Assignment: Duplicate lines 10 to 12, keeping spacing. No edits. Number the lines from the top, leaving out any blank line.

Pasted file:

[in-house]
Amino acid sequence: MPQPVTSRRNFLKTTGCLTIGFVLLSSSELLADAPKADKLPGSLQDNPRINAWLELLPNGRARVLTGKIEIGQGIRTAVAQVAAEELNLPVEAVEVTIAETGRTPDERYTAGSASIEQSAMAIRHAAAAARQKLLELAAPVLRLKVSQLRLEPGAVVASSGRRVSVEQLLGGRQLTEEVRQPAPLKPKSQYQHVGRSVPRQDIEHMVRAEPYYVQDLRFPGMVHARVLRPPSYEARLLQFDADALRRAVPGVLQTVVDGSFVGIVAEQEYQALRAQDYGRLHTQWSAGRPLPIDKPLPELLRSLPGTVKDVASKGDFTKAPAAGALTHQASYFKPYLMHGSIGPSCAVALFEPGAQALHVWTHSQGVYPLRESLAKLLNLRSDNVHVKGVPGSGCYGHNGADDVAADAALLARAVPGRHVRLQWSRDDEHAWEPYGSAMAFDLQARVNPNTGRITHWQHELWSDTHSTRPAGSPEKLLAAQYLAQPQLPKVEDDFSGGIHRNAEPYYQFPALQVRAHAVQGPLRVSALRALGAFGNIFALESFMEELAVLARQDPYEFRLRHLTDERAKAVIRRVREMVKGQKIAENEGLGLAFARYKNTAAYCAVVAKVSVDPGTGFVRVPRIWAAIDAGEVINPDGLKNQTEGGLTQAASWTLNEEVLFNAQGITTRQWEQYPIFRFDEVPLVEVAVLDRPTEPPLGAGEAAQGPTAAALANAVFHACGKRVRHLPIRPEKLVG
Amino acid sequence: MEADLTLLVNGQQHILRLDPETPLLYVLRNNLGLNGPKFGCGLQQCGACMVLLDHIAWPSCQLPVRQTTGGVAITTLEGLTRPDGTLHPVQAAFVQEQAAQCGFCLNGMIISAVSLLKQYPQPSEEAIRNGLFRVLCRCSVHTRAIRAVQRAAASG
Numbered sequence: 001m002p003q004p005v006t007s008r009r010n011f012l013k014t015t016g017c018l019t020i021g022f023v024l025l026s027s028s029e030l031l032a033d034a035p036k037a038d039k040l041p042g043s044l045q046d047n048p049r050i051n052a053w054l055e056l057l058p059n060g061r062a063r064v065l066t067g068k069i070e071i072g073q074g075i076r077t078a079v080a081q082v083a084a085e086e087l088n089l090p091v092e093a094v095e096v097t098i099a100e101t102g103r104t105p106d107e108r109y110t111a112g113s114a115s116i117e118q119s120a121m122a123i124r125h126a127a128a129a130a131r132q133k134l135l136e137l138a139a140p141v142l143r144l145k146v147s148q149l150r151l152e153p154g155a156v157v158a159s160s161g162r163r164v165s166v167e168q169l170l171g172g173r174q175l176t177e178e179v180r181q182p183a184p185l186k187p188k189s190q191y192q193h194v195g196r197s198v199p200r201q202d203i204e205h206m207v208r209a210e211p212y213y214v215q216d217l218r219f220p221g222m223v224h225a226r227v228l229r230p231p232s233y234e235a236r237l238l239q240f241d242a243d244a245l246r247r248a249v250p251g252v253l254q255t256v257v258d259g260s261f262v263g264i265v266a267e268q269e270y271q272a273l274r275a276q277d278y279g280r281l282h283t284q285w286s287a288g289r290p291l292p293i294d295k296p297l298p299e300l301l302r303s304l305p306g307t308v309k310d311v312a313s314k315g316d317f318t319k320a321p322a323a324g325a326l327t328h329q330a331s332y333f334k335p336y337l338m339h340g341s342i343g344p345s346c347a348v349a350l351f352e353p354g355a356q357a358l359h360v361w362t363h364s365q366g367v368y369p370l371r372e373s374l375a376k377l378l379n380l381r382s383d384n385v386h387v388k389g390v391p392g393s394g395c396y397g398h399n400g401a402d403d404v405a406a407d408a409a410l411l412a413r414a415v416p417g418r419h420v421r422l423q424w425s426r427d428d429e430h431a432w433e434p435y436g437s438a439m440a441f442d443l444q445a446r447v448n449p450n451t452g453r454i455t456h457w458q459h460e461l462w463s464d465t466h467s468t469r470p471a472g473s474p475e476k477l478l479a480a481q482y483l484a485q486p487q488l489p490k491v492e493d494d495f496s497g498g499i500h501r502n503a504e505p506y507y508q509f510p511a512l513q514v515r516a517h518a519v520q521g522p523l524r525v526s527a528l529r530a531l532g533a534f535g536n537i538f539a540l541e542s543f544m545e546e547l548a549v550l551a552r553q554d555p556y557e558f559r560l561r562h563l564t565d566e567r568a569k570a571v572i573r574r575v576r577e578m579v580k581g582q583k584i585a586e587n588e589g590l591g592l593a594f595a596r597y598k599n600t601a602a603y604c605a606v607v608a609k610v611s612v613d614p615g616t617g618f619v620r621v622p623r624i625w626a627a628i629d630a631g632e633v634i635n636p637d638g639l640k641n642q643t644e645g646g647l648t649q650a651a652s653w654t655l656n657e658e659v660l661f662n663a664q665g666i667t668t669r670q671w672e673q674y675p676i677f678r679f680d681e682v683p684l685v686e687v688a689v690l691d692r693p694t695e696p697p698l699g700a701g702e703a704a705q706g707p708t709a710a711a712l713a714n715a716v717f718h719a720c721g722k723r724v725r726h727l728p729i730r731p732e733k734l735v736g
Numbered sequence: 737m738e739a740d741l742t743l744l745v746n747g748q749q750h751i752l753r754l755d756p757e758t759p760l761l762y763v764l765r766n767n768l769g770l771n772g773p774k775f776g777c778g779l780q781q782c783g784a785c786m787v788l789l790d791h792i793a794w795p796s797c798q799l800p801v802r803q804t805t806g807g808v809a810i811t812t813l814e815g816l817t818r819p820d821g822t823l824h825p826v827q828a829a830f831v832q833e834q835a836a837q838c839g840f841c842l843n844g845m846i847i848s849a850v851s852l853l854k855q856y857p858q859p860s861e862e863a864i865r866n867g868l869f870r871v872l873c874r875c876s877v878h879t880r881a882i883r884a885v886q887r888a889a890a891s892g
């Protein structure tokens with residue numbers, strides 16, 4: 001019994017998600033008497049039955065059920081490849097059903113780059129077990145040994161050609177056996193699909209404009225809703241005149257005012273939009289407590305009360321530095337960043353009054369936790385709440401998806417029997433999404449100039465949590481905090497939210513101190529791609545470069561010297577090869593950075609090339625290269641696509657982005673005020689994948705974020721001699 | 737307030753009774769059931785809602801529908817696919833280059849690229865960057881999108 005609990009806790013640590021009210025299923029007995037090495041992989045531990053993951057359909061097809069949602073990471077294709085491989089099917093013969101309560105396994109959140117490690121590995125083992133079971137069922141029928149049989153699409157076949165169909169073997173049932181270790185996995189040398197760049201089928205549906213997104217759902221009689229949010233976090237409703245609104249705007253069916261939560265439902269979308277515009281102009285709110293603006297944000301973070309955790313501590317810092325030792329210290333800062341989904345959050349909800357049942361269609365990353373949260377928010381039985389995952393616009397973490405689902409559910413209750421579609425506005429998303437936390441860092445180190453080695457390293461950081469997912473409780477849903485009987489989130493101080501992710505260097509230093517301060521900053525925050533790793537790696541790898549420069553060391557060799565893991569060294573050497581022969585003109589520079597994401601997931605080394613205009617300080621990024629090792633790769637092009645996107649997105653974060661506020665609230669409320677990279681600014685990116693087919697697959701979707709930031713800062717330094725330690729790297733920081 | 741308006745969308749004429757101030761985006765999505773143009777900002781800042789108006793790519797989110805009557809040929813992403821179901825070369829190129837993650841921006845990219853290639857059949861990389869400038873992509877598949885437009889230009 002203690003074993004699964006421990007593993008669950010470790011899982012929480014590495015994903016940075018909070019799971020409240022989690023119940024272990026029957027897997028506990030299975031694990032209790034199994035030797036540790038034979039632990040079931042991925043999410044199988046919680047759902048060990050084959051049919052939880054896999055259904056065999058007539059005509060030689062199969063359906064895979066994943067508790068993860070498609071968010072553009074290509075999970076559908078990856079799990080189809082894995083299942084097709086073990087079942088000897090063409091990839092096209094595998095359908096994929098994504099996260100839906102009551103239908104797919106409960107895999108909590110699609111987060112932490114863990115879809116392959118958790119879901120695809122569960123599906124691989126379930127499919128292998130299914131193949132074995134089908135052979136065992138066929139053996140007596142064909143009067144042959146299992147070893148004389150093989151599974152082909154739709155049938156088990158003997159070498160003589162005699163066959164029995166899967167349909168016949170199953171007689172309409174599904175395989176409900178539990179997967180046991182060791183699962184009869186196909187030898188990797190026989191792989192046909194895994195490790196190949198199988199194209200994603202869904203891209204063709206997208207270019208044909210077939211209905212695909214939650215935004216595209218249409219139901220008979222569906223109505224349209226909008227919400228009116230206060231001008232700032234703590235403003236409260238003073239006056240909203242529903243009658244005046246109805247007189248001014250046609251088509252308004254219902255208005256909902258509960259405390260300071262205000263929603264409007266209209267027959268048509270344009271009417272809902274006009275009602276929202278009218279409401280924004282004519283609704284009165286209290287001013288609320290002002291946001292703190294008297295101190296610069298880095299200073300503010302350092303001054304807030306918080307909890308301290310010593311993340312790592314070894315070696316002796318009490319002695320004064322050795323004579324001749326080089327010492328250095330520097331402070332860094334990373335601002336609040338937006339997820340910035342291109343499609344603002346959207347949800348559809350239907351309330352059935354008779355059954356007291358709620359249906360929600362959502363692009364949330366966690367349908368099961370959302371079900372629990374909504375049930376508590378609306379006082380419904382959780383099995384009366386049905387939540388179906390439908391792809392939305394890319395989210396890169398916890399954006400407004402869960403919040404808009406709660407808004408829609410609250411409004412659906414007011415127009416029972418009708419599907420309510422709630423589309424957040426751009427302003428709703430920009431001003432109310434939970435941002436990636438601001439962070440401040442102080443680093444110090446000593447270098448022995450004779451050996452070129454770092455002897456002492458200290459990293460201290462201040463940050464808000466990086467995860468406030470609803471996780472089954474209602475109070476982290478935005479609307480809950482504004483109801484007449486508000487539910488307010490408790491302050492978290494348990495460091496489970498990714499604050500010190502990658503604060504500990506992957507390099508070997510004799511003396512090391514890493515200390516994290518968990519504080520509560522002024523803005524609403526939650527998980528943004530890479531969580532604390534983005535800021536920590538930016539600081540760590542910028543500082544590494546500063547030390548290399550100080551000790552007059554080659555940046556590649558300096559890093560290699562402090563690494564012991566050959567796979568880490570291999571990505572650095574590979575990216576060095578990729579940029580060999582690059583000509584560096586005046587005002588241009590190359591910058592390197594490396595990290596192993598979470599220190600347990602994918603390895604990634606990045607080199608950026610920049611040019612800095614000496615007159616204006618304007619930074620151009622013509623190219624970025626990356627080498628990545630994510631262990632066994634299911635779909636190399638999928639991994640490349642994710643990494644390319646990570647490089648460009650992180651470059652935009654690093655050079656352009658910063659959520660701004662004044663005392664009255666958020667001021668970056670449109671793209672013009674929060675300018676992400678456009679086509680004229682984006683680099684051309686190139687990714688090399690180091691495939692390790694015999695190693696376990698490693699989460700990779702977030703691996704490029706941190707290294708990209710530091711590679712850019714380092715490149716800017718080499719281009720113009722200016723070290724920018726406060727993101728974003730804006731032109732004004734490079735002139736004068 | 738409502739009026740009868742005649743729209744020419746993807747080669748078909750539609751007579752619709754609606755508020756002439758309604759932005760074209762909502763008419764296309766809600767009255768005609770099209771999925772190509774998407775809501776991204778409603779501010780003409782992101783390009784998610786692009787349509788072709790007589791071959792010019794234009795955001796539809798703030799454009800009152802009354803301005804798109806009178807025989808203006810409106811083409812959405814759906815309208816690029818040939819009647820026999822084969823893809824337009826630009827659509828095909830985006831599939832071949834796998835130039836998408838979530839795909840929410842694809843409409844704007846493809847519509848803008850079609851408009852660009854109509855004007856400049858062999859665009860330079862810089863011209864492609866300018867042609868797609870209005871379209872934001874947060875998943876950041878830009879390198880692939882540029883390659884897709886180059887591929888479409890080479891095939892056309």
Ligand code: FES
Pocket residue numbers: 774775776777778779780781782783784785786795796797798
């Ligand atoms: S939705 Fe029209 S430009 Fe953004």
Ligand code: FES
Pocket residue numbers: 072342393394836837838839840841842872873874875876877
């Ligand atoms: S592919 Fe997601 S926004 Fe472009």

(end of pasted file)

Ligand code: FES
Pocket residue numbers: 072342393394836837838839840841842872873874875876877
């Ligand atoms: S592919 Fe997601 S926004 Fe472009």